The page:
A 101-year man has become one of the oldest people ever to get back to their feet after having had an emergency operation on a broken hip at Kettering General Hospital.
Great grandfather George Saxby, from Irchester, has taken his first few steps using a zimmer frame after having the operation a month ago.
Mr Saxby – who has two children, five grandchildren and five great grandchildren - is well known in the local area for running the GA Saxby and Son butchers shop in High Street, Rushden, from 1946 to 1982, a business started by his father, also called George, in 1919.
On May 7 Mr Saxby had to be rushed to hospital when a fall at his home left him with a hip fracture.
He had emergency surgery to repair the broken bone during a two-hour operation on May 8 - less than 24 hours after his admission to the hospital.
Within a week of his operation, he was able to get to his feet, with assistance, and stand using a zimmer frame.
It is hoped that after his operation, he will be able to return to his pre-admission mobility status - which was mobilising independently using a zimmer frame.
Orthopaedic consultant Mr Shabih Siddiqui and orthopaedic registrar Mr Herbert Gbejuade carried out Mr Saxby’s operation and have been very pleased with his remarkable progress.
Mr Siddiqui said: “Mr Saxby sustained a break in the major bone of his hip joint and the operation performed was to realign the broken parts of bone and then we pinned and plated them in place.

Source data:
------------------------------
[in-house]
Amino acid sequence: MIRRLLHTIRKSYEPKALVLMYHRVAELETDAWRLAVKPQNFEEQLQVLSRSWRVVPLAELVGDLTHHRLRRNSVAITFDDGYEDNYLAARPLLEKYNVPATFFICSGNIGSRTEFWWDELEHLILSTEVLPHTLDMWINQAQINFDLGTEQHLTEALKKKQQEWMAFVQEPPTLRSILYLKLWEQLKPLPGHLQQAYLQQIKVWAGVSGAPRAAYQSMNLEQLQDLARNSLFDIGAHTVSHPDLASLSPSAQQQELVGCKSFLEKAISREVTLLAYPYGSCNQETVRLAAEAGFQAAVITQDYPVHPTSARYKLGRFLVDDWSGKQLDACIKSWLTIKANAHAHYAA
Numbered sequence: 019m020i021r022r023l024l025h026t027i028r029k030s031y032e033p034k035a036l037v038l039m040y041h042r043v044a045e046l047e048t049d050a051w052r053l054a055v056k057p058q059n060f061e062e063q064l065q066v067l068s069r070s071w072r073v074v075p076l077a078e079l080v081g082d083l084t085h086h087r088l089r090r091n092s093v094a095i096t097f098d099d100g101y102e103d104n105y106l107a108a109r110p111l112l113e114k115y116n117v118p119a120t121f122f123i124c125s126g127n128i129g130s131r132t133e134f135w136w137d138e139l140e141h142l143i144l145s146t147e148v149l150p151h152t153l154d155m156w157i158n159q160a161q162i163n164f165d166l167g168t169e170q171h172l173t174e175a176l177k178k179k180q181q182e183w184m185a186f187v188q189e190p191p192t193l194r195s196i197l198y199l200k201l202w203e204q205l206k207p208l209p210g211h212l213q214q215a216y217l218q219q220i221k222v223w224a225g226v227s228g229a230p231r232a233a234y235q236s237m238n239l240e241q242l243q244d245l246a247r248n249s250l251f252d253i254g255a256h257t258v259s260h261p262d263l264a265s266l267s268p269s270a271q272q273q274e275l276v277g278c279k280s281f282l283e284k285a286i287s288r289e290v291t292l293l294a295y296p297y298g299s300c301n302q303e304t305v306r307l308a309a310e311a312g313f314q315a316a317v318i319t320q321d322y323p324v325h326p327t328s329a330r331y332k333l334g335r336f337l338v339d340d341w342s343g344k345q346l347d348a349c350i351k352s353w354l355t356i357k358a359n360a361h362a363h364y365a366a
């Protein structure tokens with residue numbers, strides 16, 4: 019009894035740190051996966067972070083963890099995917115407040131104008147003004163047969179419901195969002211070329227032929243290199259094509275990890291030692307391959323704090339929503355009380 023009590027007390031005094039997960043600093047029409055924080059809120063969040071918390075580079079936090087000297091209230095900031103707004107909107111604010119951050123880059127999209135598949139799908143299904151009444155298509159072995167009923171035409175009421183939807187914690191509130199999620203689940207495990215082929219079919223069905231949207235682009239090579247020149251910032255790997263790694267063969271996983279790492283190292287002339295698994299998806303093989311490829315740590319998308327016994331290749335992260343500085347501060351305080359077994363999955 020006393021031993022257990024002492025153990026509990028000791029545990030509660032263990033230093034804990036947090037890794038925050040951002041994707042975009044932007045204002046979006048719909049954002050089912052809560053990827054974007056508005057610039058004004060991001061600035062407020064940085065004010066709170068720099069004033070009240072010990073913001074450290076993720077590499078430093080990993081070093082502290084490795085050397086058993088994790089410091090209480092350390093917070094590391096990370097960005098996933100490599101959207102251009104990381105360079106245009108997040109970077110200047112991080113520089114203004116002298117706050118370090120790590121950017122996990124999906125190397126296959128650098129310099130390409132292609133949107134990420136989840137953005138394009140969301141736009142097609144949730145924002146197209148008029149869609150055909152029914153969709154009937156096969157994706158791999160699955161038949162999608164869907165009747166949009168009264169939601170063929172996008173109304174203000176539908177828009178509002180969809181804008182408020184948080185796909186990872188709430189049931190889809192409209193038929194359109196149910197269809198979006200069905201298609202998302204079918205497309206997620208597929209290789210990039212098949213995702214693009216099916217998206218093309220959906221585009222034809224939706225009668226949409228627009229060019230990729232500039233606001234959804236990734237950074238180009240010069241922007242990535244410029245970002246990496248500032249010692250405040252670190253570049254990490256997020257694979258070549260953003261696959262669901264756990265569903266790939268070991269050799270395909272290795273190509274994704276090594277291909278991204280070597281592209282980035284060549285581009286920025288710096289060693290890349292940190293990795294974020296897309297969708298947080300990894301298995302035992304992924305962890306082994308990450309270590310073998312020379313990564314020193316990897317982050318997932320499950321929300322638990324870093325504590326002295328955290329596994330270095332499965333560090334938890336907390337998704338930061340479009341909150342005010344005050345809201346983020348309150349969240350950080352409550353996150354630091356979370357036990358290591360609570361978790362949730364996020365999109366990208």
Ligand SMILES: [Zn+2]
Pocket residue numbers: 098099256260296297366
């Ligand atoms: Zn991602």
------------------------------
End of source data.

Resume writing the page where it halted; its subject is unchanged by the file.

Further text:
“This type of injury is a very serious one for an elderly person and the recuperation period tends to be extensive.
“Mr Saxby has surpassed all expectations in terms of recovery and mobility.
“A positive mental attitude is absolutely vital for recovery back to health because many elderly people get demotivated during the rehabilitation period.
“Mr Saxby certainly has that necessary positive attitude.”
Mr Gbejuade said: “Mr Saxby is a very pleasant, stoic and observant gentleman.
“This is very beneficial to his care and rehabilitation as he is able to appropriately express his needs and his concerns – something which is often a difficulty for the elderly.
“His good rapport with staff and other patients in his bay makes interacting with him a joy.”
Mr Saxby’s daughter, Patricia Swords, from Irchester, said: “It is hard to think of dad as 101.
“He has a great sense of humour and great determination.
“It would never occur to him that he would not get better.”
His son, Tony Saxby, from Wellingborough, said: “My sister and I would like to express our lasting gratitude to the surgeons and staff at Kettering General Hospital.
“Their dedication and the care, help, and support they have given my father has been exceptional.
“As regards his plans he hopes to return home, after some further rehabilitation, with suitable help, even if stairs may prove to be too much now.”
Sister Eileen Collyer looked after Mr Saxby during his month-long stay on Barnwell B ward – he was discharged from hospital to community rehabilitation on Friday, June 10.
She said: “George is a real gentleman.
“He has a great sense of humour and we have all admired his recovery.
“It is not often you see someone of his age do so well.
“He had his 101st birthday on the ward on May 21 and was visited by his relatives and friends.
“Staff on the ward also got him a cake.
“He has been quite an inspiration to us all.”
Mr Saxby is a widower who lost his wife, Sheila, in 2013 after 56 years of marriage.